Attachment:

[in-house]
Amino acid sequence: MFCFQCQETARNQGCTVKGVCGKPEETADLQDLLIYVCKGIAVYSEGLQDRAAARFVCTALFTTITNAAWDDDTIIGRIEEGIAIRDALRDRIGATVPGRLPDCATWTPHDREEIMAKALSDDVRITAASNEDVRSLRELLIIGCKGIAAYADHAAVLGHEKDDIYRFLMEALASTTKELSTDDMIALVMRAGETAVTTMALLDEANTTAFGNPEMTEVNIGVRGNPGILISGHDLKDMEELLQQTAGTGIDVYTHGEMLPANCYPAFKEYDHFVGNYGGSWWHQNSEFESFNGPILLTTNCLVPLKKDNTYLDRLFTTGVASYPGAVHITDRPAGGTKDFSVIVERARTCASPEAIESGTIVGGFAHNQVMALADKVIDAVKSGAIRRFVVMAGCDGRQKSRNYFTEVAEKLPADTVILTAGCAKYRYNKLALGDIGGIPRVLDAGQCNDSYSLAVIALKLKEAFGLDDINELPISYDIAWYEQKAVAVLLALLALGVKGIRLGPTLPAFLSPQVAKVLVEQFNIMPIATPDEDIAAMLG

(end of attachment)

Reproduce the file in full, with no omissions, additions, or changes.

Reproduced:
[in-house]
Amino acid sequence: MFCFQCQETARNQGCTVKGVCGKPEETADLQDLLIYVCKGIAVYSEGLQDRAAARFVCTALFTTITNAAWDDDTIIGRIEEGIAIRDALRDRIGATVPGRLPDCATWTPHDREEIMAKALSDDVRITAASNEDVRSLRELLIIGCKGIAAYADHAAVLGHEKDDIYRFLMEALASTTKELSTDDMIALVMRAGETAVTTMALLDEANTTAFGNPEMTEVNIGVRGNPGILISGHDLKDMEELLQQTAGTGIDVYTHGEMLPANCYPAFKEYDHFVGNYGGSWWHQNSEFESFNGPILLTTNCLVPLKKDNTYLDRLFTTGVASYPGAVHITDRPAGGTKDFSVIVERARTCASPEAIESGTIVGGFAHNQVMALADKVIDAVKSGAIRRFVVMAGCDGRQKSRNYFTEVAEKLPADTVILTAGCAKYRYNKLALGDIGGIPRVLDAGQCNDSYSLAVIALKLKEAFGLDDINELPISYDIAWYEQKAVAVLLALLALGVKGIRLGPTLPAFLSPQVAKVLVEQFNIMPIATPDEDIAAMLG